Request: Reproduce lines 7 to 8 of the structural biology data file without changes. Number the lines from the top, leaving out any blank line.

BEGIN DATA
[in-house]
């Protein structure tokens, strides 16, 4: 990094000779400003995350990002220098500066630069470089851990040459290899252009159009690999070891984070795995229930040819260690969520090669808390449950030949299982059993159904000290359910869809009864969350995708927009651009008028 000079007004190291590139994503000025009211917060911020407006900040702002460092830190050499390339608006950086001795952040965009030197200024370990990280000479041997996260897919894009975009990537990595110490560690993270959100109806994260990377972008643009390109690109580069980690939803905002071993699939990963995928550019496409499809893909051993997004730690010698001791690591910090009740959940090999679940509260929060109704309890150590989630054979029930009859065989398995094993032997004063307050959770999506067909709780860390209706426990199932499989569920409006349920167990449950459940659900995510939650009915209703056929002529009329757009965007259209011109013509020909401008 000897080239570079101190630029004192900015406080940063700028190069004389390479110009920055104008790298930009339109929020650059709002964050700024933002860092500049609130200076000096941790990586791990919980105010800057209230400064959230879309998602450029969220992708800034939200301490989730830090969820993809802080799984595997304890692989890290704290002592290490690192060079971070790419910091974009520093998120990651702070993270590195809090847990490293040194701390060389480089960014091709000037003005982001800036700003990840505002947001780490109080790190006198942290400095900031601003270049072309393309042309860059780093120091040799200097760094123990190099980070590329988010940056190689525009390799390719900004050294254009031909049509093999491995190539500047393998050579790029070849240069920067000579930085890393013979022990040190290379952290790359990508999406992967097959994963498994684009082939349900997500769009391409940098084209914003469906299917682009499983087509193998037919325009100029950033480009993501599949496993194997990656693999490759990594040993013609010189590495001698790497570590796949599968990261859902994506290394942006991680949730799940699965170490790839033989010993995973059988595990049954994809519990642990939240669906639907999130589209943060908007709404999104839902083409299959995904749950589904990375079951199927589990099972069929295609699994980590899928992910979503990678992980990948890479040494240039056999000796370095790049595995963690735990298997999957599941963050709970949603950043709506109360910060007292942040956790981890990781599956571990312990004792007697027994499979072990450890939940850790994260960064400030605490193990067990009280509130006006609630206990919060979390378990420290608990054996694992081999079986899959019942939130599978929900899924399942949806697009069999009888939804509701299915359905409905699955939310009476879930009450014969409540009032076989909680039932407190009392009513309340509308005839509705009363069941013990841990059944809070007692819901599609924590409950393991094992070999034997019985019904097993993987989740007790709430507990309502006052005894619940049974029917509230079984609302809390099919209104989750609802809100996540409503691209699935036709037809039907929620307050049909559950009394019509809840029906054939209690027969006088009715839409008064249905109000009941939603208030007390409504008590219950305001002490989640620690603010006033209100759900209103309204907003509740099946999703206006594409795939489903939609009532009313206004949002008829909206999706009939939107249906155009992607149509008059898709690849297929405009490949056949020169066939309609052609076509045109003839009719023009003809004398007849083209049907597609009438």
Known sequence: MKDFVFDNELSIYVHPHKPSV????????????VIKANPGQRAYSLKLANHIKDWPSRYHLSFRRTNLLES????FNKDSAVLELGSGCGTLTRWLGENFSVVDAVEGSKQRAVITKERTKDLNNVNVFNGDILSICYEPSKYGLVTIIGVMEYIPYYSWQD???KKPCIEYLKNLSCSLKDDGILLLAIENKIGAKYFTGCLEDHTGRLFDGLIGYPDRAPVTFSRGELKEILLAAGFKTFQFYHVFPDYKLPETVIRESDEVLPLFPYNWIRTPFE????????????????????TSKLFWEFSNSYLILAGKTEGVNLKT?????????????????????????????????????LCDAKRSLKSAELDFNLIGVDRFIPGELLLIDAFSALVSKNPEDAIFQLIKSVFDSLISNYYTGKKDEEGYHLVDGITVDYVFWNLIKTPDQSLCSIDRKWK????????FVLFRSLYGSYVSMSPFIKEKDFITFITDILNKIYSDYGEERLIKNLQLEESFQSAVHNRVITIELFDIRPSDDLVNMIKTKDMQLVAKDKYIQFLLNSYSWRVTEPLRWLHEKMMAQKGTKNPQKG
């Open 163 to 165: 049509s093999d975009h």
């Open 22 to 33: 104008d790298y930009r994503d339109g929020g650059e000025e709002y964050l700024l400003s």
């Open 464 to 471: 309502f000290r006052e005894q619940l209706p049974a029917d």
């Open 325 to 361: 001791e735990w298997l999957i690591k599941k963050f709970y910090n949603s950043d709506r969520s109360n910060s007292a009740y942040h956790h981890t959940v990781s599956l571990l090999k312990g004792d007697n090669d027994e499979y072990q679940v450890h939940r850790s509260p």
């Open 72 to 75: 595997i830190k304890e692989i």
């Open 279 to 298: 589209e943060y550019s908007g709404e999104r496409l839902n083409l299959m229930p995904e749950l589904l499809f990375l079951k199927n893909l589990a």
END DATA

């Open 325 to 361: 001791e735990w298997l999957i690591k599941k963050f709970y910090n949603s950043d709506r969520s109360n910060s007292a009740y942040h956790h981890t959940v990781s599956l571990l090999k312990g004792d007697n090669d027994e499979y072990q679940v450890h939940r850790s509260p």
């Open 72 to 75: 595997i830190k304890e692989i």